Photo series offers insight into experience of newcomers, aims to fight anti-immigrant sentiment

By | October 6, 2020

An online storytelling project is capturing personal stories of immigrants and refugees, to provide a better understanding of what it’s like to settle in Canada— and to help combat anti-immigrant views.

The Migrant Stories project has launched a new photo series that aims to show some of the many faces of immigration in Manitoba. 

Each photo in the series is accompanied by a short Q&A that helps share intimate stories of migration from around the world. 

“We created this platform to share our positive stories — to show communities where we come from, and what we’ve achieved so far,” said Immaculate Nabisere, a Ugandan immigrant and co-founder of Migrant Stories. 

Nabisere and her co-founder, Sumegha Gupta, also believe the stories can offer advice for new immigrants.

Immaculate Nabisere, co-founder of Migrant Stories, has received praise for her project from around the world, including a teacher from Tanzania who uses the stories as teaching material. (Walther Bernal/CBC)

Nabisere started the platform in 2018 after witnessing and experiencing anti-immigrant sentiment, as the number of asylum seekers crossing the Canadian border increased.

“One time, I had some negative experiences myself,” said Nabisere. “People were accosting me, saying I’m stealing Canadian jobs. But they don’t know how … much we actually had to work hard to be where we are at.”

Among the people featured on the website are former Winnipeg police chief Devon Clunis, Immigrant and Refugee Community Organization of Manitoba executive director Dorota Blumczynska, and Winnipeg city councillor Markus Chambers.

WATCH | Canadian immigrants share their stories and have their portraits taken:

The Migrant Stories project aims to capture the many faces of immigration in Manitoba. 3:11

Chambers, who is of Jamaican descent, came to Canada from London, England, in 1967, at age three. Despite being raised in Canada, the St. Norbert-Seine River councillor is among the many migrants who are still targeted for being different. 

Just last week, Chambers received a racist letter at his office that expressed anti-immigrant language and hateful imagery.

He says Canadians shouldn’t be fearful of newcomers, and can find comfort in knowing immigrants share many of the same values as other Canadians.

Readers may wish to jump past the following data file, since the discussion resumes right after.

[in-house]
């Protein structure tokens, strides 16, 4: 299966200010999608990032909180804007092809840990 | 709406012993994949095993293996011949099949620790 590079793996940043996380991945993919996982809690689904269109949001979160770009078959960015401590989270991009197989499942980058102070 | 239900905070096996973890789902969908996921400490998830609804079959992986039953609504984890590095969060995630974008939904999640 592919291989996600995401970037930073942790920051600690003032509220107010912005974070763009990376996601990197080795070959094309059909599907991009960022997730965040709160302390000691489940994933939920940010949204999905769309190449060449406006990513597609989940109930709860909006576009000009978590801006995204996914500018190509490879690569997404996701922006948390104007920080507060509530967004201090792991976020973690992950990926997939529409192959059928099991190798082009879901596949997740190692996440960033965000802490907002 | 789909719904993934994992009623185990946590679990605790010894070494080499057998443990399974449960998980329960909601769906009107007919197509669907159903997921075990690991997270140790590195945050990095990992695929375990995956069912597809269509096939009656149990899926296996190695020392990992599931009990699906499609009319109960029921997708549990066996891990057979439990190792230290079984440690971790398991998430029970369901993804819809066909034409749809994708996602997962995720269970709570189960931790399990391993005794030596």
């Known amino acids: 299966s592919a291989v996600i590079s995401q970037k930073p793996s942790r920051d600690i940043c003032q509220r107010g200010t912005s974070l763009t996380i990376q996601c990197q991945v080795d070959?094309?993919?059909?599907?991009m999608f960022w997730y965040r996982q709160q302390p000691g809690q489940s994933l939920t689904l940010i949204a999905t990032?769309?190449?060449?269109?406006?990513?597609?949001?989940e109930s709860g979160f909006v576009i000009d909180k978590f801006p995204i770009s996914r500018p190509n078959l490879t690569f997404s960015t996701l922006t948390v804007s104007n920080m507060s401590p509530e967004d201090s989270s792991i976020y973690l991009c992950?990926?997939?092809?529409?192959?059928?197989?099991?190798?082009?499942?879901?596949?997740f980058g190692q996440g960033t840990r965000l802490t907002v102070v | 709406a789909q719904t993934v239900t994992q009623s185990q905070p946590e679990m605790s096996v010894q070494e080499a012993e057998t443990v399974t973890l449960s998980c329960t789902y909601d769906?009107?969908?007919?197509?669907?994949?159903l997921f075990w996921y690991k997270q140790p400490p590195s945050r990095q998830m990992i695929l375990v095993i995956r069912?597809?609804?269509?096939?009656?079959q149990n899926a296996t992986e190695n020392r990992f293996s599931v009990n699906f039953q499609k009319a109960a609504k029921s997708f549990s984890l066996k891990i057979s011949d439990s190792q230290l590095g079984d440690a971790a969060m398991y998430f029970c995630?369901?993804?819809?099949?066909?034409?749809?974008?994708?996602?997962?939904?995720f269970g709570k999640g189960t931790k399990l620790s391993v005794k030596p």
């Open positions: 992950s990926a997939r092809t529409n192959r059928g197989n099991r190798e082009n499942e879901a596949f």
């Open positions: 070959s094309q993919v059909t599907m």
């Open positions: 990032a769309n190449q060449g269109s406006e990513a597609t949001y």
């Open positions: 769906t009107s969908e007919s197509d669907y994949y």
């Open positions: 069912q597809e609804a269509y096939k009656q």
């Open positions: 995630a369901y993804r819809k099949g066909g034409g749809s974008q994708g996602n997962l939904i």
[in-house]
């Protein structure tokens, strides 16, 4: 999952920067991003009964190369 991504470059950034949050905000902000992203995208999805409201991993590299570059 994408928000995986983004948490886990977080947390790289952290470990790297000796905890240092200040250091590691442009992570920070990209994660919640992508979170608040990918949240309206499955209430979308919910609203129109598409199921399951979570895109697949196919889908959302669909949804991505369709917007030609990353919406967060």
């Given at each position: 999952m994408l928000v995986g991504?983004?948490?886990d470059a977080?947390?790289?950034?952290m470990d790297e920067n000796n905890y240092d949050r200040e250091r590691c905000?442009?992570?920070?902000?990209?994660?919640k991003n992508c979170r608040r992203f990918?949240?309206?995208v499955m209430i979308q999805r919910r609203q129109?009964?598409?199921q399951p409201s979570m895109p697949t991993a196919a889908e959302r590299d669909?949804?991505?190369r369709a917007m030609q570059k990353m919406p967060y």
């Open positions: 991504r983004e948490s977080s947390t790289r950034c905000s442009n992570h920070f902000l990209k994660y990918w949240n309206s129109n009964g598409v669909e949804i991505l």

For Chambers, that includes providing a better life for his family. 

“Having that in common, I think we can work together in making our city much more diverse and much more inclusive,” he said. 

“Immigration has driven the growth of not only our population, but our economy.” 

Coun. Markus Chambers recounts his family’s story of coming to Canada and gives advice for new Canadians as part of the Migrant Stories project. (Walther Bernal/CBC)

Monika Feist, who immigrated to Canada as a child from Germany during the Second World War, is also among those featured on the website. 

“The story I tell is about a child coming to this country,” she said. “That struggle that I saw is why I’m doing what I’m doing now.”

Feist helped create the Success Skills Centre, a not-for-profit organization that helps immigrants work in their trained professional occupations.

She believes that everyone has an important story to tell, and hearing these stories allows Canadians to see the uniqueness of other people. 

Currently, most of the stories on the website feature Manitobans, but Nabisere hopes the Migrant Stories project will expand to include the stories of migrants across Canada. 

“Maybe in years to come people will be able to use our stories to teach communities and schools. It will be a library,” she said.

For more stories about the experiences of Black Canadians — from anti-Black racism to success stories within the Black community — check out Being Black in Canada, a CBC project Black Canadians can be proud of. You can read more stories here.


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